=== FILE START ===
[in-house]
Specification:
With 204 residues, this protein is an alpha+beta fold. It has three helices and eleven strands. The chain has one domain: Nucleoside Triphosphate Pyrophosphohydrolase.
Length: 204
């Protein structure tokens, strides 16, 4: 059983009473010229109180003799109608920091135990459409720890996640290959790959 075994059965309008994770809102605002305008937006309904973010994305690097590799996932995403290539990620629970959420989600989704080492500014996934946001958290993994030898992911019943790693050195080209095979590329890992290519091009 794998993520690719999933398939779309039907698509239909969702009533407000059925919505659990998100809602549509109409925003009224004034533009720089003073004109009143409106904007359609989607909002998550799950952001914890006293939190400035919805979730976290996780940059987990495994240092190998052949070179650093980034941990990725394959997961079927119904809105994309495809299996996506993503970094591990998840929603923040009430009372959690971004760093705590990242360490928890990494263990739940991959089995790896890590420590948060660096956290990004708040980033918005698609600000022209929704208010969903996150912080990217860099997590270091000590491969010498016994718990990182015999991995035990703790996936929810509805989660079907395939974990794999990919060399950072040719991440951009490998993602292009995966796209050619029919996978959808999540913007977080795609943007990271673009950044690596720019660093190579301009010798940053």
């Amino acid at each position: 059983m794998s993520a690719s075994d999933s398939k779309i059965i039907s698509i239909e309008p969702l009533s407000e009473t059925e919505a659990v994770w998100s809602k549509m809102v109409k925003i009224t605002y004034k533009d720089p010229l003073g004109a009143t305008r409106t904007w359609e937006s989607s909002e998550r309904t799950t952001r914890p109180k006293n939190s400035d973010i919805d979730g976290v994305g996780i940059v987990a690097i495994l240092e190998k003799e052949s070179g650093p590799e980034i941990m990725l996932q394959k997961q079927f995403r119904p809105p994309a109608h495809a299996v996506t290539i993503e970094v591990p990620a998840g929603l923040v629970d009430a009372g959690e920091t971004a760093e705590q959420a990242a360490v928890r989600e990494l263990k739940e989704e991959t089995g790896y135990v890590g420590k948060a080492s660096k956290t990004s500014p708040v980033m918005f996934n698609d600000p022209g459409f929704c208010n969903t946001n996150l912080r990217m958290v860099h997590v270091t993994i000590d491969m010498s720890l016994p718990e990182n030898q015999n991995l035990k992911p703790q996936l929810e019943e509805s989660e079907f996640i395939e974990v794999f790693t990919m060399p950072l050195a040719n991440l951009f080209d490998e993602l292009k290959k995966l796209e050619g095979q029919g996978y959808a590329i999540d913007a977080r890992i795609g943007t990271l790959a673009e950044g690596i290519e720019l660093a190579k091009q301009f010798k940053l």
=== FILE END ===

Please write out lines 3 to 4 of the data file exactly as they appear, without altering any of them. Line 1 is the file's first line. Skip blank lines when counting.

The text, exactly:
With 204 residues, this protein is an alpha+beta fold. It has three helices and eleven strands. The chain has one domain: Nucleoside Triphosphate Pyrophosphohydrolase.
Length: 204